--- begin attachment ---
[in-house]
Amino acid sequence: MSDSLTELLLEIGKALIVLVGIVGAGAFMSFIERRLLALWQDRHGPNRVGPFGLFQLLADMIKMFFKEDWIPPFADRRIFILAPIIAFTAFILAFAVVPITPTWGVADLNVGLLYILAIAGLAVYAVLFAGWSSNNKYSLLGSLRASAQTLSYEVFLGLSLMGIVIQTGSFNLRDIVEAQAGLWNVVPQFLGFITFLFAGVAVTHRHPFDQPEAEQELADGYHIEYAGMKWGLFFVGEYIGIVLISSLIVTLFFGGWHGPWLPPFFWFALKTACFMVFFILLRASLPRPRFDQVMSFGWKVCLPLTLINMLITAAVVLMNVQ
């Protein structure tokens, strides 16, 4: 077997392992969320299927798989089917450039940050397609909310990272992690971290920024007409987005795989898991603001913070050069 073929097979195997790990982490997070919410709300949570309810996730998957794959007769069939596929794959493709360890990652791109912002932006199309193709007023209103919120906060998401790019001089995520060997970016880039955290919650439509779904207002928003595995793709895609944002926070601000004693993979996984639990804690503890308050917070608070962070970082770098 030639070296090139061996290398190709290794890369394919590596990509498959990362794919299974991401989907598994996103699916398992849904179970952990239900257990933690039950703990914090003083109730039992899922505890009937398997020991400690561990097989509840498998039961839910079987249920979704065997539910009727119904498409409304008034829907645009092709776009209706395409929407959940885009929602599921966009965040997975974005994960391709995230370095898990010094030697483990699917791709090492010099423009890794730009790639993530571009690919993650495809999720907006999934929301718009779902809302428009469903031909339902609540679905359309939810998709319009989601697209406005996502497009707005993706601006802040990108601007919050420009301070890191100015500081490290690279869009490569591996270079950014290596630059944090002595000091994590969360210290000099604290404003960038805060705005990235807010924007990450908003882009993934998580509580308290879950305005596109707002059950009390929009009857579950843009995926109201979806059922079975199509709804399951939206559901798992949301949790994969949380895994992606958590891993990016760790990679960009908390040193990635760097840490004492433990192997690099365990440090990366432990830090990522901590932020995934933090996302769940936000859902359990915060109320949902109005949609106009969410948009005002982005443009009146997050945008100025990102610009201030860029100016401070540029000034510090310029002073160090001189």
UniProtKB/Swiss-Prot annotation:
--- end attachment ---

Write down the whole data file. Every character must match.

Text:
[in-house]
Amino acid sequence: MSDSLTELLLEIGKALIVLVGIVGAGAFMSFIERRLLALWQDRHGPNRVGPFGLFQLLADMIKMFFKEDWIPPFADRRIFILAPIIAFTAFILAFAVVPITPTWGVADLNVGLLYILAIAGLAVYAVLFAGWSSNNKYSLLGSLRASAQTLSYEVFLGLSLMGIVIQTGSFNLRDIVEAQAGLWNVVPQFLGFITFLFAGVAVTHRHPFDQPEAEQELADGYHIEYAGMKWGLFFVGEYIGIVLISSLIVTLFFGGWHGPWLPPFFWFALKTACFMVFFILLRASLPRPRFDQVMSFGWKVCLPLTLINMLITAAVVLMNVQ
């Protein structure tokens, strides 16, 4: 077997392992969320299927798989089917450039940050397609909310990272992690971290920024007409987005795989898991603001913070050069 073929097979195997790990982490997070919410709300949570309810996730998957794959007769069939596929794959493709360890990652791109912002932006199309193709007023209103919120906060998401790019001089995520060997970016880039955290919650439509779904207002928003595995793709895609944002926070601000004693993979996984639990804690503890308050917070608070962070970082770098 030639070296090139061996290398190709290794890369394919590596990509498959990362794919299974991401989907598994996103699916398992849904179970952990239900257990933690039950703990914090003083109730039992899922505890009937398997020991400690561990097989509840498998039961839910079987249920979704065997539910009727119904498409409304008034829907645009092709776009209706395409929407959940885009929602599921966009965040997975974005994960391709995230370095898990010094030697483990699917791709090492010099423009890794730009790639993530571009690919993650495809999720907006999934929301718009779902809302428009469903031909339902609540679905359309939810998709319009989601697209406005996502497009707005993706601006802040990108601007919050420009301070890191100015500081490290690279869009490569591996270079950014290596630059944090002595000091994590969360210290000099604290404003960038805060705005990235807010924007990450908003882009993934998580509580308290879950305005596109707002059950009390929009009857579950843009995926109201979806059922079975199509709804399951939206559901798992949301949790994969949380895994992606958590891993990016760790990679960009908390040193990635760097840490004492433990192997690099365990440090990366432990830090990522901590932020995934933090996302769940936000859902359990915060109320949902109005949609106009969410948009005002982005443009009146997050945008100025990102610009201030860029100016401070540029000034510090310029002073160090001189």
UniProtKB/Swiss-Prot annotation: